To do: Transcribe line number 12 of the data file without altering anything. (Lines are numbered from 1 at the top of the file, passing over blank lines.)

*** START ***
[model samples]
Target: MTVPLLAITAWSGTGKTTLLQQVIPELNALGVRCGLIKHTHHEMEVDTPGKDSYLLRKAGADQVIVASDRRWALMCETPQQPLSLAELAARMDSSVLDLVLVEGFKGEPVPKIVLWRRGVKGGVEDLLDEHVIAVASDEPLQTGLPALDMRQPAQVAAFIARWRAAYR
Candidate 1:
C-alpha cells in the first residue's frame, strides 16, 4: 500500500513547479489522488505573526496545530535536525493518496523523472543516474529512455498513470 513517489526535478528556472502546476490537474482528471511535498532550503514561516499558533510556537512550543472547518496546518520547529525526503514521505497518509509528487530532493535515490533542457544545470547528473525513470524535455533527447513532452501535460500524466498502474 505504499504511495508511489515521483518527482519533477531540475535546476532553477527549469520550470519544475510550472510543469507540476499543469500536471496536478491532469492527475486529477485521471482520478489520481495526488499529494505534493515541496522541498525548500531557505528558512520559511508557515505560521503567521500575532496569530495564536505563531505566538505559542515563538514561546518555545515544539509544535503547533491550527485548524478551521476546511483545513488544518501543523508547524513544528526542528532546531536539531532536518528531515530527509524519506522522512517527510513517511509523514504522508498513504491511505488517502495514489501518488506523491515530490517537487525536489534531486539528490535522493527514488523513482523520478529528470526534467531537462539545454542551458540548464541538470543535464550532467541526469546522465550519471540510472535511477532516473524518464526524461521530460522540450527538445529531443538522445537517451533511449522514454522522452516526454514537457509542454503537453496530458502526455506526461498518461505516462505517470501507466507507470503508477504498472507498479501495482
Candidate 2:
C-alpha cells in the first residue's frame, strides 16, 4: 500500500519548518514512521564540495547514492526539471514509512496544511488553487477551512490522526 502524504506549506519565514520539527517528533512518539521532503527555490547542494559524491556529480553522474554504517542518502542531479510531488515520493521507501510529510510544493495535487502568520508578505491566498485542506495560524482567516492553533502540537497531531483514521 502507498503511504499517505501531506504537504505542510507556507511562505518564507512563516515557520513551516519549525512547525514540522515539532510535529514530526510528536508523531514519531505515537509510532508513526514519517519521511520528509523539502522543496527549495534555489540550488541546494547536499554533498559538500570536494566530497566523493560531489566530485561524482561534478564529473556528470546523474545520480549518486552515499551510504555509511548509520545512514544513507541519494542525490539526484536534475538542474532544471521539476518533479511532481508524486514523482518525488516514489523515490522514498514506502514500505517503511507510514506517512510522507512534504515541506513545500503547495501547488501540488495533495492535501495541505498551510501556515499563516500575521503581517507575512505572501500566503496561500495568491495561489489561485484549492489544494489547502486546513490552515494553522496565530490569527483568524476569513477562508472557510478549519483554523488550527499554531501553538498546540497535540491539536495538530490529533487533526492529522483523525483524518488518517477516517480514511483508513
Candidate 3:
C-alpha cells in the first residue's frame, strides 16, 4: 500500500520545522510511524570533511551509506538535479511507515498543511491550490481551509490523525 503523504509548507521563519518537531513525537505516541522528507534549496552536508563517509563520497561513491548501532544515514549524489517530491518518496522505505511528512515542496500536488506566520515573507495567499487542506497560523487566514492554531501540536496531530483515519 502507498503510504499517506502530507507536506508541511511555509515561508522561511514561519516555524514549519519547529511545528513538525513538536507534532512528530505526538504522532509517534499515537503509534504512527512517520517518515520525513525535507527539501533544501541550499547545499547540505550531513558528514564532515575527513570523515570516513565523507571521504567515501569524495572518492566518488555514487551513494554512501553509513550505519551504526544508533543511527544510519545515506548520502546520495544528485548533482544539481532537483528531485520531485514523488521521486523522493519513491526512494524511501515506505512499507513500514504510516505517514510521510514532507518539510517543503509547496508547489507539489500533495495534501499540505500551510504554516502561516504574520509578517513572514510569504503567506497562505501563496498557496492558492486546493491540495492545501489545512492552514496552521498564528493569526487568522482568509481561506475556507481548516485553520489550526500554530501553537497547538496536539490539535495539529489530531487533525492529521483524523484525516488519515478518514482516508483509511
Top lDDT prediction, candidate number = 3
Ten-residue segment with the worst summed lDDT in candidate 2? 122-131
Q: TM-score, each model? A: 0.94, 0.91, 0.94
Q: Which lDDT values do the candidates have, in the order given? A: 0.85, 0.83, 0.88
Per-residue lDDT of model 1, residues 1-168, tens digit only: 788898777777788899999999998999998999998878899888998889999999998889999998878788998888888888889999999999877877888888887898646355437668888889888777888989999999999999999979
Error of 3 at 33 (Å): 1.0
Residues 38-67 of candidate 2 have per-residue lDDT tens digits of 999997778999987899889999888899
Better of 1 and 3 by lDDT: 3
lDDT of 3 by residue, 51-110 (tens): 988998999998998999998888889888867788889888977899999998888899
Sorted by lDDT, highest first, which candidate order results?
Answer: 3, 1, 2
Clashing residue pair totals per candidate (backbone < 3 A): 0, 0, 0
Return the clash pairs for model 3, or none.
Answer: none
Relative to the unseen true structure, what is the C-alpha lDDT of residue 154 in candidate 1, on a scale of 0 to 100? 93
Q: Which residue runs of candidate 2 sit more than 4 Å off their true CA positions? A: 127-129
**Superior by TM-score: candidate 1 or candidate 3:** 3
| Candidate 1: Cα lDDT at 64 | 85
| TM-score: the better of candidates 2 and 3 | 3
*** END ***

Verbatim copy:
Q: Which lDDT values do the candidates have, in the order given? A: 0.85, 0.83, 0.88